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Tactics of a Transfer: Idrissa Gueye to Everton

 • by Liam Newman
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Despite playing for one of the worst teams in Premier League history, Idrissa Gueye gained widespread acclaim for his individual performances for Aston Villa throughout 2015-16. While questions regarding the Senegalese international’s abilities to repeat that form in a better team remained, few would have been surprised to see a host of clubs chase the 27-year-old’s signature this summer. He had, after all, been mentioned in the same breath as then-Leicester City gem N’Golo Kante throughout large portions of his debut season on English soil.

For one man, those comparisons started long before Kante powered the Foxes to football’s greatest fairytale. As head of recruitment at the King Power stadium, Steve Walsh had been an instrumental figure in spotting a number of Leicester’s eventual Premier League champions, with the French midfielder topping the summer 2015 drive. Manager Claudio Ranieri openly concedes that Walsh’s relentlessness was the key to completing a deal for the player widely accepted as last year’s signing of the season.

Prior to setting the crosshairs on the PFA Team of the Year star, however, the scout had tried to sign Gueye from former club Lille. Walsh had identified similarities between the two stars during their respective careers in France, and had rightly predicted that both could transport those qualities across the Channel to take the Premier League by storm.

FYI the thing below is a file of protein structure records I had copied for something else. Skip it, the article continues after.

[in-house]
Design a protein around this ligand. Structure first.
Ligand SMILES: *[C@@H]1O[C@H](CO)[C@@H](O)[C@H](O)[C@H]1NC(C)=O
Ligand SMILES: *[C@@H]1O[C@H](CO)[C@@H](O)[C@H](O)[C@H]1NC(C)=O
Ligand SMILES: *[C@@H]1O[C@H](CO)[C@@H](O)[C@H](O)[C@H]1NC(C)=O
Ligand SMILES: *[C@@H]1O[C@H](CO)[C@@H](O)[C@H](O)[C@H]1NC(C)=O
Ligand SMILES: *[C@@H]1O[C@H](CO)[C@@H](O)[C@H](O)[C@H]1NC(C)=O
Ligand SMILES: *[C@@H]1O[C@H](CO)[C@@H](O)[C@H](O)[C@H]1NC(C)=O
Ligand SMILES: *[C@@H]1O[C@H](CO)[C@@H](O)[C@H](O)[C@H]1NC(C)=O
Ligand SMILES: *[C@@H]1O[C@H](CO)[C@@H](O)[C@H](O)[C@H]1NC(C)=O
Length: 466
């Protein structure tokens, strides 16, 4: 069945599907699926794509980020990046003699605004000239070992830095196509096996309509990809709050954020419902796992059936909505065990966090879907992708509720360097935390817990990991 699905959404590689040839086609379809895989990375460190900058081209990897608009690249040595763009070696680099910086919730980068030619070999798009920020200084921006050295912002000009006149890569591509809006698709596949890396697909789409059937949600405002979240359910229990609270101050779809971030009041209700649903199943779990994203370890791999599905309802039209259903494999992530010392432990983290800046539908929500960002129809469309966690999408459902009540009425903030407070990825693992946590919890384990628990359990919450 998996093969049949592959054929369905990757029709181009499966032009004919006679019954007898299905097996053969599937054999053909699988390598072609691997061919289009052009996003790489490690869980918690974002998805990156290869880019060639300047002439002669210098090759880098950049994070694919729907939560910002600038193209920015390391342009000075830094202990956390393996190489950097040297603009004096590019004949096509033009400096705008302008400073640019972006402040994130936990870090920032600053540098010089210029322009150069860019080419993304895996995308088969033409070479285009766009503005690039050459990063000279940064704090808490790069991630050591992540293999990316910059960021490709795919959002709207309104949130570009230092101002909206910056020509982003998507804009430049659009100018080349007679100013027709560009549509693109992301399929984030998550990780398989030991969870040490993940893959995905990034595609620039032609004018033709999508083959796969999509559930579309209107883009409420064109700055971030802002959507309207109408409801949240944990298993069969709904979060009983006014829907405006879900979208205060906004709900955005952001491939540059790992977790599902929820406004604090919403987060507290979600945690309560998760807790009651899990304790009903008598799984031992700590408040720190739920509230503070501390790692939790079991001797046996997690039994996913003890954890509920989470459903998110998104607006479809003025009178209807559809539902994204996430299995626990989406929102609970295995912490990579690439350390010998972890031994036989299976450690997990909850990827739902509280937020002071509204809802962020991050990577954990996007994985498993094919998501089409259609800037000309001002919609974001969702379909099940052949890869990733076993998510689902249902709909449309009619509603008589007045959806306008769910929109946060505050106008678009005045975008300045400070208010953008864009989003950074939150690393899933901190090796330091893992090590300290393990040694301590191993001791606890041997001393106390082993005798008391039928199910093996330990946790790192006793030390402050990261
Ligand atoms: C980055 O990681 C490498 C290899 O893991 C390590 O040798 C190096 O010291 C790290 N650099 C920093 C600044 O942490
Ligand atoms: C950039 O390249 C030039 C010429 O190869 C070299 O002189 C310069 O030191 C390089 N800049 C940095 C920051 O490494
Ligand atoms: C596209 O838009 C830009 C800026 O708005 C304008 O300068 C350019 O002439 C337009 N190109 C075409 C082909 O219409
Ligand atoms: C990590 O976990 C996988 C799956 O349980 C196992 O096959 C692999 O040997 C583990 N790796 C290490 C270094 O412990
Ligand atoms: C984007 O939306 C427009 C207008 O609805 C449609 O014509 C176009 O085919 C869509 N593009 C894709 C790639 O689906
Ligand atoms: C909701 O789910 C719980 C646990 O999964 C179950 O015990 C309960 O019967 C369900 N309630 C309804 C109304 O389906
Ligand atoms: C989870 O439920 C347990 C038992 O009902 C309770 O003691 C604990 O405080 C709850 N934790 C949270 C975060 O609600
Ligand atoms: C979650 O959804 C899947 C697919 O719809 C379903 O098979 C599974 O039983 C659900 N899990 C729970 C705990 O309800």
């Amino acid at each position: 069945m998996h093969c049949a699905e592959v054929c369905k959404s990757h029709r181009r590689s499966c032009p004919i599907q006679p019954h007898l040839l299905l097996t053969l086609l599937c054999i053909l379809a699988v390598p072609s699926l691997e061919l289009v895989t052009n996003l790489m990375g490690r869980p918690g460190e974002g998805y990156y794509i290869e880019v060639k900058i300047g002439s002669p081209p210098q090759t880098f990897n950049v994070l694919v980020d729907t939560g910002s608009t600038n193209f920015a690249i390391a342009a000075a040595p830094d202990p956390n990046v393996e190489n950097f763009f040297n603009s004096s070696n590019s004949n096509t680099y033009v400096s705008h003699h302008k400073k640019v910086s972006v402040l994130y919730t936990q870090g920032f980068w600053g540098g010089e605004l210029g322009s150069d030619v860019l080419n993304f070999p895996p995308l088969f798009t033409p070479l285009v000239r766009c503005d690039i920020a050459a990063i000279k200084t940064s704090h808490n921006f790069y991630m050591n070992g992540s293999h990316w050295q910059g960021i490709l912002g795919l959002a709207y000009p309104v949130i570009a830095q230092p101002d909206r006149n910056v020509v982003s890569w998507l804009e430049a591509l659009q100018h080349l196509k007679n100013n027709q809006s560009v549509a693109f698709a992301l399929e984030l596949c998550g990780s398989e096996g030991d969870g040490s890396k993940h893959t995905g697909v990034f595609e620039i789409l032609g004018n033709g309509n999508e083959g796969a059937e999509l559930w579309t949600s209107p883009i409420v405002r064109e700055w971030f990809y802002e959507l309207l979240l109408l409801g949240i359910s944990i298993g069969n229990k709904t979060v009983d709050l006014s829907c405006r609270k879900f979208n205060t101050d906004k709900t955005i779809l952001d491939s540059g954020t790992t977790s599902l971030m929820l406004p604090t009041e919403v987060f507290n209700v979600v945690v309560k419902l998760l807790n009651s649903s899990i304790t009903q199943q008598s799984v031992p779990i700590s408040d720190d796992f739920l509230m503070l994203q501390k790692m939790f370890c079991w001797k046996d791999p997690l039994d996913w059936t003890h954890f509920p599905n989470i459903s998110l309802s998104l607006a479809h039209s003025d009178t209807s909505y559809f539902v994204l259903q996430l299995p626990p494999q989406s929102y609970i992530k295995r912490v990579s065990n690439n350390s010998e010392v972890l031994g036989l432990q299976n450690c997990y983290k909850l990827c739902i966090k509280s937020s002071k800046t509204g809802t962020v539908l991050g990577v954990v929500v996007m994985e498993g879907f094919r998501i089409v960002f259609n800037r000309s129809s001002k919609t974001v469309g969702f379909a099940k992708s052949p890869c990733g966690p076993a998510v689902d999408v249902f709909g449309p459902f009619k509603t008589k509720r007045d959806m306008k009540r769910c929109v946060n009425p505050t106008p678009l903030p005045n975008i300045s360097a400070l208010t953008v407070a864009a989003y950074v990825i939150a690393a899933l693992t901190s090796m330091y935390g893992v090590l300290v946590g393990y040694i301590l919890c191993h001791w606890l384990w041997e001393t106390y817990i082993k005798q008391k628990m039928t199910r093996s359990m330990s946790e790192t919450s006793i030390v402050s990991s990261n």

It’s difficult to imagine a single Leicester fan lamenting the fact that Gueye joined Villa for a fee in the region of £9m as they ended up with the player that would provide the engine as they raced to the Premier League crown. Nonetheless, Gueye was undoubtedly a diamond find in 2015-16, even if his individual heroics were made in vain.

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Like Kante, Gueye arrived on English shores as somewhat of an unknown quantity. Aside from winning Ligue 1 in his breakout season of 2010-11, most pundits and supporters knew very little about the former Lille midfielder. His statistics in France, again, like Kante’s, offered reason for optimism but that doesn’t always transfer to the Premier League –- as anyone who has ever endured the misfortune of watching Marouane Chamakh, Gervinho, or Modibo Maiga will attest.